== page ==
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PATCHY PREDICAMENT

In May of last year, I received a call from an Alberta farmer with 5,000 acres of barley, wheat, canola and alfalfa. Concerned about the yellow patches appearing in his barley field, Byron asked me to visit his operation to take a look.

He first noticed the problem at the edge of his field bordering the highway. “I’m unsure what’s causing it. Given the spring we’ve had, it could be caused by frost or excess water, chemical damage or leaf disease,” said Byron.

Upon arriving at the field, I noticed yellow patches at the very edge of the crop, and the plants were stunted in growth. When encountering symptoms such as these, over-application of fertilizer can sometimes be a factor to consider. However, I quickly eliminated this possibility because the patches were circular in shape rather than the linear or square damage caused by an error in fertilizer application. Drought could also present symptoms in this way. However, given the wet spring of 2012, I knew this could not be the cause of the damage in Byron’s field.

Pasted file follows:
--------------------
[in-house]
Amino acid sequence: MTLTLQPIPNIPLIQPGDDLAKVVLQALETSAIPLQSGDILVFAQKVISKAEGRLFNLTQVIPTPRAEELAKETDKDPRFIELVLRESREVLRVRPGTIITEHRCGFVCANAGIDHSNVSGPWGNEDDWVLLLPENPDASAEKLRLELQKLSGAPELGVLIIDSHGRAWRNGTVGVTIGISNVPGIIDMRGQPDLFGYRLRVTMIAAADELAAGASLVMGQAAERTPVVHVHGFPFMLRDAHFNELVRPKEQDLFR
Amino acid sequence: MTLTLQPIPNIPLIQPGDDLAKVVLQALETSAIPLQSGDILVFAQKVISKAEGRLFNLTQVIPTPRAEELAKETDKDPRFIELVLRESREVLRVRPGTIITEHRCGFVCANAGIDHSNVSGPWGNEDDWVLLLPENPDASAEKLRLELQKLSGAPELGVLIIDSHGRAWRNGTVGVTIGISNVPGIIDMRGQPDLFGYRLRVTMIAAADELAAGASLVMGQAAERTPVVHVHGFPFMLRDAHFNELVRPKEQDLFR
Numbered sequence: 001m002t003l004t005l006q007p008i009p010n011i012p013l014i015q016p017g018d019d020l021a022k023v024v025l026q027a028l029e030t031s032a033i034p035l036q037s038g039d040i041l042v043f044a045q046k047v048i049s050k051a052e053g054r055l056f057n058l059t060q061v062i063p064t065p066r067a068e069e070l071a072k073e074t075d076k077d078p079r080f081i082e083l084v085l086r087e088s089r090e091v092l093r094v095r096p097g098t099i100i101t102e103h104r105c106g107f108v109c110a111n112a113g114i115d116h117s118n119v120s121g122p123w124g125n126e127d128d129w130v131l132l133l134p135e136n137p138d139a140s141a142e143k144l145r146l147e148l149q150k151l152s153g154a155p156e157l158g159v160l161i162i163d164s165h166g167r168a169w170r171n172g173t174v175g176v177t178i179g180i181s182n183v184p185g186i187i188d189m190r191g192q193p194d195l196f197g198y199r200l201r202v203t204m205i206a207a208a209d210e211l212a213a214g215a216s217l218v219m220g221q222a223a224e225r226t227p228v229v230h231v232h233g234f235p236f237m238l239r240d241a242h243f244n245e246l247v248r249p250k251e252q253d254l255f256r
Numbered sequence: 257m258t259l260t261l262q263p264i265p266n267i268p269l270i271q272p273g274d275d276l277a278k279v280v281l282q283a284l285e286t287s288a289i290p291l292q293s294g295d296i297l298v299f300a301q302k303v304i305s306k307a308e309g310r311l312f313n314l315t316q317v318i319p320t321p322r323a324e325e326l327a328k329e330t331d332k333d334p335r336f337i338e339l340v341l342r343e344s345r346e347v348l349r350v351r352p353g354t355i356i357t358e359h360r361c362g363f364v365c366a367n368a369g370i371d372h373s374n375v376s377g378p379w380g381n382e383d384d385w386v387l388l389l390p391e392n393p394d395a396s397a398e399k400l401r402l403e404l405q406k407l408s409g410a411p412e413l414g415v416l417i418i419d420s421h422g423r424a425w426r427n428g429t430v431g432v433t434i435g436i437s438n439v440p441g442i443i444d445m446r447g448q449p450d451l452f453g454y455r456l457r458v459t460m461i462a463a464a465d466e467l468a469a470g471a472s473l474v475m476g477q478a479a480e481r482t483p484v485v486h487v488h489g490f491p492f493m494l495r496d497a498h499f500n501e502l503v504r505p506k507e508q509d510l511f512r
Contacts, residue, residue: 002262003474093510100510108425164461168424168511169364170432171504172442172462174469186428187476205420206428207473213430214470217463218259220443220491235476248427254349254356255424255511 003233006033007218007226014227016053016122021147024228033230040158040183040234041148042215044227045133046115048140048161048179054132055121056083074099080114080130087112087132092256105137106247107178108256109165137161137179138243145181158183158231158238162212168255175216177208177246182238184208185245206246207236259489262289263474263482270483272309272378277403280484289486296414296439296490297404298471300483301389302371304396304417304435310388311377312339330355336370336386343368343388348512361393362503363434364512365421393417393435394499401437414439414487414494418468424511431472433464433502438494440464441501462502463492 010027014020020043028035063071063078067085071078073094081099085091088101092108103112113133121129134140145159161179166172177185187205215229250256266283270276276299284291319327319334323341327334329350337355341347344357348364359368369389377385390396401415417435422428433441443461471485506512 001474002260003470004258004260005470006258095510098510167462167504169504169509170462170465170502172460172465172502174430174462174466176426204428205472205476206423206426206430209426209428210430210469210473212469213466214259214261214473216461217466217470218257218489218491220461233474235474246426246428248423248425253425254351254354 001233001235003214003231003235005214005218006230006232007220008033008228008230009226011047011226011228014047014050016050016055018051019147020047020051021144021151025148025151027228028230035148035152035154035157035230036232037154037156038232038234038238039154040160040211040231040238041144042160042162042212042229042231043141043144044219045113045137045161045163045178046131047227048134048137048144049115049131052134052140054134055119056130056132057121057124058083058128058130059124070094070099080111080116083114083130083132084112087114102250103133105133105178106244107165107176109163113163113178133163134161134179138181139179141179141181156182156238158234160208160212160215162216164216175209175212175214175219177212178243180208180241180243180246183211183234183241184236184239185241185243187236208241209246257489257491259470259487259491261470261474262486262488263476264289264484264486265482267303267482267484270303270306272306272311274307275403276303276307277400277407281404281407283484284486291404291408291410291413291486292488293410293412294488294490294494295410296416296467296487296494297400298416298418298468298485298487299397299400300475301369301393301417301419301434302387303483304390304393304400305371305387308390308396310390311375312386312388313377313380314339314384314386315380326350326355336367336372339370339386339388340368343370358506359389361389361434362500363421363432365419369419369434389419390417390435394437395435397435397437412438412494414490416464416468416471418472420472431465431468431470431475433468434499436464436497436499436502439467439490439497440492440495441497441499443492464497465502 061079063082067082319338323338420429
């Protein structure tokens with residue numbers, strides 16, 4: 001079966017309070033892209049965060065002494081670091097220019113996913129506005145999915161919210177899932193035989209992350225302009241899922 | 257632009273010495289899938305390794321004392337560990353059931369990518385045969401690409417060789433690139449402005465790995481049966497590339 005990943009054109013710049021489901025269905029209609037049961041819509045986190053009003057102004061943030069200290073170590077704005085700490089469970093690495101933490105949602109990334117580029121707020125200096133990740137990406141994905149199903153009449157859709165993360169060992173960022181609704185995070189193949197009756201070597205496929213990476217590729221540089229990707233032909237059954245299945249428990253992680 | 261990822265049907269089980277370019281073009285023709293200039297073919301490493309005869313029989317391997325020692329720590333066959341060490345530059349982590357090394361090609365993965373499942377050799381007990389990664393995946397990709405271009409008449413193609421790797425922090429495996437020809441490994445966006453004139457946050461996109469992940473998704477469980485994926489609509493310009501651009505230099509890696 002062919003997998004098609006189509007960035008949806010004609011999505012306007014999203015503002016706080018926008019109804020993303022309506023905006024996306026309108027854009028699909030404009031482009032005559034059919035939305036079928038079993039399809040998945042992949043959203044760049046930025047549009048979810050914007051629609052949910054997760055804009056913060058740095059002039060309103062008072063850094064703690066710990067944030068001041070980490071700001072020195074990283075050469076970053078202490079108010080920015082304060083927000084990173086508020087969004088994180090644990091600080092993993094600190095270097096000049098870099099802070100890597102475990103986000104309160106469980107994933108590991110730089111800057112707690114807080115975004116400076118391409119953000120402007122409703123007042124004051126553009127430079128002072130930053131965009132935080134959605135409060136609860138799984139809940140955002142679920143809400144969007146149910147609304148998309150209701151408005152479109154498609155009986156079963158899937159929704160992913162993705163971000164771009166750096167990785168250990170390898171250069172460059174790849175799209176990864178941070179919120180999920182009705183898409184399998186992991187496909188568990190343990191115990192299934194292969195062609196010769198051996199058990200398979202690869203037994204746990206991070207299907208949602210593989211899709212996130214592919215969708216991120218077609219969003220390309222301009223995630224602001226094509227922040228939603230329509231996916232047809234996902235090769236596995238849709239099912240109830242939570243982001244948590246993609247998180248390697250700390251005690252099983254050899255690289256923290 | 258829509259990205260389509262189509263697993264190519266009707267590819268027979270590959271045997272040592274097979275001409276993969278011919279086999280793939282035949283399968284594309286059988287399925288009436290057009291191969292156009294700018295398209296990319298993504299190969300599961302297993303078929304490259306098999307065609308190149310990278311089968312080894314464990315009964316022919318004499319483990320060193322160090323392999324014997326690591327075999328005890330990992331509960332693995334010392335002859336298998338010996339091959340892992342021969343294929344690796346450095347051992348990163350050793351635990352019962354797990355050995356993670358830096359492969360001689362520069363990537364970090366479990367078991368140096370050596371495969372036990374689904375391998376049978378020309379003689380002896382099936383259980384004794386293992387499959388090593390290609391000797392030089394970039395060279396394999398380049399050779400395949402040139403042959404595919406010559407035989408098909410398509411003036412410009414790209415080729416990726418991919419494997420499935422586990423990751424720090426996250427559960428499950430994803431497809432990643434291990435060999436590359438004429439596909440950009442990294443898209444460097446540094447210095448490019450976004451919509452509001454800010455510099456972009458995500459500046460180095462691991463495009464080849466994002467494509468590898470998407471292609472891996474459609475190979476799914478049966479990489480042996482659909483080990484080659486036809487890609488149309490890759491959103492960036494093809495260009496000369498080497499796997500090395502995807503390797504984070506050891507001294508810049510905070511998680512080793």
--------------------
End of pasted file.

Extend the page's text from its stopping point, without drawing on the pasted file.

Although the area had seen quite a bit of moisture, excess water damage was also not the issue because the stress on the crop was localized to the outer edge of the field.

Barley is typically quite tolerant to temperatures up to -6 C. However, temperatures had not approached this value, also ruling out the theory of frost damage, and the leaves were yellow rather than the brown colour of frost-damaged plants.

As we examined the damaged plants more closely, we discovered some tiny insects hopping around on the plants’ leaves.

“Here’s a red flag,” I said to Byron, pointing at one of the small, yellowish, wedge-shaped insects I’d found in the damaged area.

What insect is causing the damage to Byron’s barley field? Send your diagnosis to Grainews, Box 9800, Winnipeg, MB, R3C 3K7; email [email protected] lishing.com or fax 204-944-5416 c/o Crop Advisor’s Casebook. Best suggestions will be pooled and one winner will be drawn for a chance to win a Grainews cap and a one-year subscription to the magazine. The best answer, along with the reasoning which solved the mystery, will appear in the next Crop Advisor’s Solution. †

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